Friday, January 22, 2010

Draining The Swamp

In AA we say, avoid then the deliberate manufacture of misery. Remember that God didn’t do it. If trouble comes, cheerfully capitalize on it…

That is not so easy to do, for guys like me, anyway. It is neither easy to avoid self created disasters, nor to cheerfully navigate my troubles. I would feel especially miserable about this except I know I am not the only one, not even close, not even among the worst of them by a long shot. Staying alert is part of the solution. Defusing the inner turmoil is also part of the solution.

However, I am leery of outright positive thinking. I am not sure I am qualified to take it on, fairly sure that I am too susceptible to fantasy for the positive attitude stuff. I used to be sure positive thinking was just wrong, but I have watched it work for others and so have come to the conclusion that it is my quirky challenge. Positive thinking when it works is a tremendous tool. I guess it doesn’t work for everyone. Nothing does. So I am left with how imperative it is that I know myself and what works for me. It is my survival that is at stake.

I am not sure about the rest of you. I know about people like me. We never get far from mortal risks and are in the business of remaining alert to the unkind and implacable parts of staying alive. People like me seem to lack the capacity to distance themselves from the territory close to outright disaster. I admit it is a little more exciting to live near alligators. Lacking that capacity to achieve sensible distance away from alligators is not really that serious, certainly not hopeless, but it does sober one up.

Draining The Swamp

I keep forgetting
and this is no joke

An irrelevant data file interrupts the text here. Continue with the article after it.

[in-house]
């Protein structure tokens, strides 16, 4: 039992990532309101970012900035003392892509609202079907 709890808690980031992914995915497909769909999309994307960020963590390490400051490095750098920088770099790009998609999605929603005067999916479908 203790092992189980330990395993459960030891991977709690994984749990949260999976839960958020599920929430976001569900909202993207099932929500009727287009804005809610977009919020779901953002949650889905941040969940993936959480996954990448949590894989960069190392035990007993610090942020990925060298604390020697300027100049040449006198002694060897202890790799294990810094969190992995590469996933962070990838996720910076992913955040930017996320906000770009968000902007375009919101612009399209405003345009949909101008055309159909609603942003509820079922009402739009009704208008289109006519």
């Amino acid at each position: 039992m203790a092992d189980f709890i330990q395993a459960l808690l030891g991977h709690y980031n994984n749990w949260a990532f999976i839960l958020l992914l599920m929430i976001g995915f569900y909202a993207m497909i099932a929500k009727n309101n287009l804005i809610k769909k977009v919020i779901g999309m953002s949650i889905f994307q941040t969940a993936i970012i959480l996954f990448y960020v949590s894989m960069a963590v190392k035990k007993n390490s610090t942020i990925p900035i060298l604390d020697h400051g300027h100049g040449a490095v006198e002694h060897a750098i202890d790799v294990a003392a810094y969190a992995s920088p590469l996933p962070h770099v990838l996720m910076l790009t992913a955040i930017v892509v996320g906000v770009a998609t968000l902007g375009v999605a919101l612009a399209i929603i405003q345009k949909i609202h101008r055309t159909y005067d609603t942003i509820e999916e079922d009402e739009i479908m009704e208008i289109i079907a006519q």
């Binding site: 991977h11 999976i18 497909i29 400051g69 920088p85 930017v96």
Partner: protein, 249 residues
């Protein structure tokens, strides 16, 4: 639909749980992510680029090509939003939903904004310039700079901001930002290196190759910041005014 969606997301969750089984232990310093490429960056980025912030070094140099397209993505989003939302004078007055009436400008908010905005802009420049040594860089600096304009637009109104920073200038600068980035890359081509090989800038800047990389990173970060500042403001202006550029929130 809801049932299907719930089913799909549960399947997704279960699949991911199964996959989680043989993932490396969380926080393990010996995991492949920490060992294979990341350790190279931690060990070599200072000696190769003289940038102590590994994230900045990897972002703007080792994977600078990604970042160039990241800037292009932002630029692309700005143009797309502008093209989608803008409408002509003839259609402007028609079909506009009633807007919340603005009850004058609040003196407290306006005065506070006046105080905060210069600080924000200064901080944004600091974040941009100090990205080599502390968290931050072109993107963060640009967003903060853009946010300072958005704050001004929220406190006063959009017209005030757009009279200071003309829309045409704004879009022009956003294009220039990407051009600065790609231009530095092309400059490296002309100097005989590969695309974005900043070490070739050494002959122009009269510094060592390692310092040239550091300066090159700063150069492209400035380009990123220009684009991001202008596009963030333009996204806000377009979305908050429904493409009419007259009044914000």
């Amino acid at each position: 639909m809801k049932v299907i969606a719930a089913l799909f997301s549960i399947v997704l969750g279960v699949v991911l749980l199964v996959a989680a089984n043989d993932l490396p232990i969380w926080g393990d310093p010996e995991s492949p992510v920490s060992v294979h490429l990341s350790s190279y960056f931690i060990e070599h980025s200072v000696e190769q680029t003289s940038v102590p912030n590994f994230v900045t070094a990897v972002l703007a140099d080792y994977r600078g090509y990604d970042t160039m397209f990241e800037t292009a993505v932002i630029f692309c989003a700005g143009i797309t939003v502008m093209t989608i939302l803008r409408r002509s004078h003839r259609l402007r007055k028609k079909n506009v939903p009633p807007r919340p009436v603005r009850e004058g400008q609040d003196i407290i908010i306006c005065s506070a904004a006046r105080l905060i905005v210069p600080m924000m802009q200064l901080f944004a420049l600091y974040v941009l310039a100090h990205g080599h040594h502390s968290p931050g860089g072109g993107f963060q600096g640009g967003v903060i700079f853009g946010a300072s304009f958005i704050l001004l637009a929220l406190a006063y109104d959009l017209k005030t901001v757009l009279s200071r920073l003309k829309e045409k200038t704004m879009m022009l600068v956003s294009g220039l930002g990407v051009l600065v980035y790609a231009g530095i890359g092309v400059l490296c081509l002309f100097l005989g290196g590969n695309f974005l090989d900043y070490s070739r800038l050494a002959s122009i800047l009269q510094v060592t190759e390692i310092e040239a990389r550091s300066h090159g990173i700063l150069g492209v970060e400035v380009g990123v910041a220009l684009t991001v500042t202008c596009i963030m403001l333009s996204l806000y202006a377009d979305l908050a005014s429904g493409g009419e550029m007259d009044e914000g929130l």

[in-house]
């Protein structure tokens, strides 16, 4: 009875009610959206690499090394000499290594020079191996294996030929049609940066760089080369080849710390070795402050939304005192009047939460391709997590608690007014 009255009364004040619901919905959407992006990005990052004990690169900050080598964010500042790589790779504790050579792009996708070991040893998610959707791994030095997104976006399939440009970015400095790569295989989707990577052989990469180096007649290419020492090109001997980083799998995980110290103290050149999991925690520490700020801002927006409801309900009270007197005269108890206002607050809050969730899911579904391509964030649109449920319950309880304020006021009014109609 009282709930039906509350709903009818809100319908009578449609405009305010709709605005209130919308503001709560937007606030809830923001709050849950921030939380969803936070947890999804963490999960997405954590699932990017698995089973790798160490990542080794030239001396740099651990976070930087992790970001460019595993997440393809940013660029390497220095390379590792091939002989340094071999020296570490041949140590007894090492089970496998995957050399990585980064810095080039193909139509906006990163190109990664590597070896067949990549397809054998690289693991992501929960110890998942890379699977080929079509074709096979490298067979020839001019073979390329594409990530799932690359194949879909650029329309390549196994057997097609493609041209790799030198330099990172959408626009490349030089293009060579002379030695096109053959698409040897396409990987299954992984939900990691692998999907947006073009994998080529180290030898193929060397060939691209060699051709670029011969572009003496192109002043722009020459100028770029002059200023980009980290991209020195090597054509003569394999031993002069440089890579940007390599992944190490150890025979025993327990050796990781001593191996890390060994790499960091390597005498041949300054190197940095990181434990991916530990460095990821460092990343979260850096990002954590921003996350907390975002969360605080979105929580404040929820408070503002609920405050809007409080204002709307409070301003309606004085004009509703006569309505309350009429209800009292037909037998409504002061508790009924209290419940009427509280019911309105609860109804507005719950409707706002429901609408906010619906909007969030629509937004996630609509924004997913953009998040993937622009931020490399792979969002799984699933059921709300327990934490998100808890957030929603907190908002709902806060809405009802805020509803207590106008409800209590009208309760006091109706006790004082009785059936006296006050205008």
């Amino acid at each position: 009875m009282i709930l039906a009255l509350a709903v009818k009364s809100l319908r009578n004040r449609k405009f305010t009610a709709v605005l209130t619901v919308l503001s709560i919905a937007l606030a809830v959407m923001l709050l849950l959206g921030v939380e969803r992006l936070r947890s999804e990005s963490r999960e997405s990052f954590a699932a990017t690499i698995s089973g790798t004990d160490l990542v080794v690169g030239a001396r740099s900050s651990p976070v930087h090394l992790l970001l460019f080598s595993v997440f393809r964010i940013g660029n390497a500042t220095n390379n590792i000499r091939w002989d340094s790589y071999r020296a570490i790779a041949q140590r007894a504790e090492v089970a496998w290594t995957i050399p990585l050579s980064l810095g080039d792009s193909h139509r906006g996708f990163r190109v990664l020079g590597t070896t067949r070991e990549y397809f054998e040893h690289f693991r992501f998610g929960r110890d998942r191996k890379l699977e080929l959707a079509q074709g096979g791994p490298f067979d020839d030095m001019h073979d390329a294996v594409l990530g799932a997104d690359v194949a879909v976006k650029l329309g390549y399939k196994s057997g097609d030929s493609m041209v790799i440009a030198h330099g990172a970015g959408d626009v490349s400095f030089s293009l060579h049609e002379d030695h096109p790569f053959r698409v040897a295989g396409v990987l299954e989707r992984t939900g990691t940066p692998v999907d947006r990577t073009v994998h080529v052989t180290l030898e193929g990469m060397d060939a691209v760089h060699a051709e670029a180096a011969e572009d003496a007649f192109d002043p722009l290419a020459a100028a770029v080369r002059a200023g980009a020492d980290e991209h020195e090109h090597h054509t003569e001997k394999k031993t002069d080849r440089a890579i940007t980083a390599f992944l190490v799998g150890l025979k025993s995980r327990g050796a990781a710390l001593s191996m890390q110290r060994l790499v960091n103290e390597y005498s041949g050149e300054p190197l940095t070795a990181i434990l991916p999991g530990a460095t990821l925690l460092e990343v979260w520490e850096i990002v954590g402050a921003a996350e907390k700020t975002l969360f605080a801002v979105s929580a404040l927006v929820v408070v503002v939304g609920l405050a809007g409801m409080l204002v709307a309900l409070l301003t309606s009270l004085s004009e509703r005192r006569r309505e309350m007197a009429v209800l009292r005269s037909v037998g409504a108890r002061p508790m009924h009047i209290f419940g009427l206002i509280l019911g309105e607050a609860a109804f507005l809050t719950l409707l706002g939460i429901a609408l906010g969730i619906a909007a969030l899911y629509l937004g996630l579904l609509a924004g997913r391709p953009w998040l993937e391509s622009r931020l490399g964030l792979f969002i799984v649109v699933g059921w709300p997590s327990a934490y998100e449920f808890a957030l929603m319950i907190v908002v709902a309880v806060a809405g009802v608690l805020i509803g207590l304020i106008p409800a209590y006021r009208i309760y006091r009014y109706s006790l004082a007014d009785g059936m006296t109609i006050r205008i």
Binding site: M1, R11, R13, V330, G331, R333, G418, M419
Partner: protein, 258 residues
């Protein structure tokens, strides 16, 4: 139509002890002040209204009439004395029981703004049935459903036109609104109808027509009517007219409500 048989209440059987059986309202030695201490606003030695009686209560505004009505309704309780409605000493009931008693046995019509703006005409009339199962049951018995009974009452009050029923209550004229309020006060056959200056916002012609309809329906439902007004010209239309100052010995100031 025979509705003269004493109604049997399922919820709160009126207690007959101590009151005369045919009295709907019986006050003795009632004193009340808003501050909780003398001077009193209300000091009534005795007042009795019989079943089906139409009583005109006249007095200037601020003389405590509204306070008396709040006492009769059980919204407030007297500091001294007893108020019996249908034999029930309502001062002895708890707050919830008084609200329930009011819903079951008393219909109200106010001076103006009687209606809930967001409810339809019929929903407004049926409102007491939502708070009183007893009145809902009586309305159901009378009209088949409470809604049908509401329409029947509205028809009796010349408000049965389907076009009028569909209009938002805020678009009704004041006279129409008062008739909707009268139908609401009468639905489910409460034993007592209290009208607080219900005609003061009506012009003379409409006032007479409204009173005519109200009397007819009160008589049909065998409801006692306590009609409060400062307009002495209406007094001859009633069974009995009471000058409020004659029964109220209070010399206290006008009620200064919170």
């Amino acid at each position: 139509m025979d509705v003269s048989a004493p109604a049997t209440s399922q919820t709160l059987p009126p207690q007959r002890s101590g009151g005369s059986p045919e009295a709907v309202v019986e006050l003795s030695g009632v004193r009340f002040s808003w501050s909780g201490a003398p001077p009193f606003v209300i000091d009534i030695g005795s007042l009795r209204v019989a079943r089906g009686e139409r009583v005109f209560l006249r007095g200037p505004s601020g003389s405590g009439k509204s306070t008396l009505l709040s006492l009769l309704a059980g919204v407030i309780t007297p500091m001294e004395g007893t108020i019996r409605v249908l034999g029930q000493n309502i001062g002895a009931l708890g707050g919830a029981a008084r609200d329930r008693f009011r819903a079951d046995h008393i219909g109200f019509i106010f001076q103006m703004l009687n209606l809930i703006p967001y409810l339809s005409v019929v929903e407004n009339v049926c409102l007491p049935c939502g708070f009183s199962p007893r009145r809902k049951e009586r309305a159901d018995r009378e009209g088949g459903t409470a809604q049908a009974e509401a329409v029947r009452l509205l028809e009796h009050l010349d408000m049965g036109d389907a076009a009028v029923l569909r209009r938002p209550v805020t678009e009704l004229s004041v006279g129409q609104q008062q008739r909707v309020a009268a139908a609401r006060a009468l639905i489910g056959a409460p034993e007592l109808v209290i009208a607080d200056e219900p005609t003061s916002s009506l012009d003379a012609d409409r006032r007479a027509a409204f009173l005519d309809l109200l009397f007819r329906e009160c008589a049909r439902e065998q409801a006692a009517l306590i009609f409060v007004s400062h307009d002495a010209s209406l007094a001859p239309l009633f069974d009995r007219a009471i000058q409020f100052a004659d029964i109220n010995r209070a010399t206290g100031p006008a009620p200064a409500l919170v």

when alligators lurking
are just inside me
waiting to burst out
through my freaking skin and turn
snapping at something
precious I might hate
to lose - need to stay alert.

March 22, 2009 9:14 PM


  1. Someone very close to me who is an alcoholic tells me she is always "scanning for danger." Unfortunately, I think that as you state in your poem, her greatest danger is the alligators within.

  2. Yes, Karen, it is in inner work precisely where we are called to scan for misery and trouble the most. We have access to a simple daily practice that makes this not the onerous task that it might seem. It is not that hard to get a holistic grasp on what is required, though the details are ever varied and complex.

    The trouble arises in the simple fact that almost nobody likes it. The task goes against alcoholic temperament in a basic way.

    I have noticed in my time, that this dislike is not really an alcoholic trait. Not wanting to live this way is almost universal. If you are seriously alcoholic, then it may well cost you your life to refuse this kind of lifestyle and your refusal may eventually cause your family and friends to pay a steep price as well. There is no possible way for alcoholics to avoid the spillage into other lives.

    It appears that people of other temperaments often can pay lower prices for refusing to live on the alert.

  3. for some sobriety is unreachable. :(

  4. I have roses in the front yard. She can come and lick my roses anytime.

  5. For some sobriety is a blessing and a bitch...often all at once :)

  6. Sobriety may be nothing remarkable to those who have never lost it in this devastating way that alcoholics lose it, and in losing it stand at risk of never ever getting it back. Sobriety is transformed in the amazement of recovery into something precious and miraculous. Yet in the end it is simply ordinary daily life that has become precious and miraculous. That includes the awkward parts, the tangled complexities of the ordinary.

    Recovering, recovered alcoholics have received the gift of seeing the miraculous in the ordinary. They will lose that gift of insight if they do not practice one of several possible kinds of simple disciplines of living. If the ordinary becomes merely ordinary, losing the sheen of the miraculous, the risk that they drink again will increase markedly, perhaps even inevitably.

    This truth of long term sobriety is covered in the aphorism "grateful alcoholics do not relapse".


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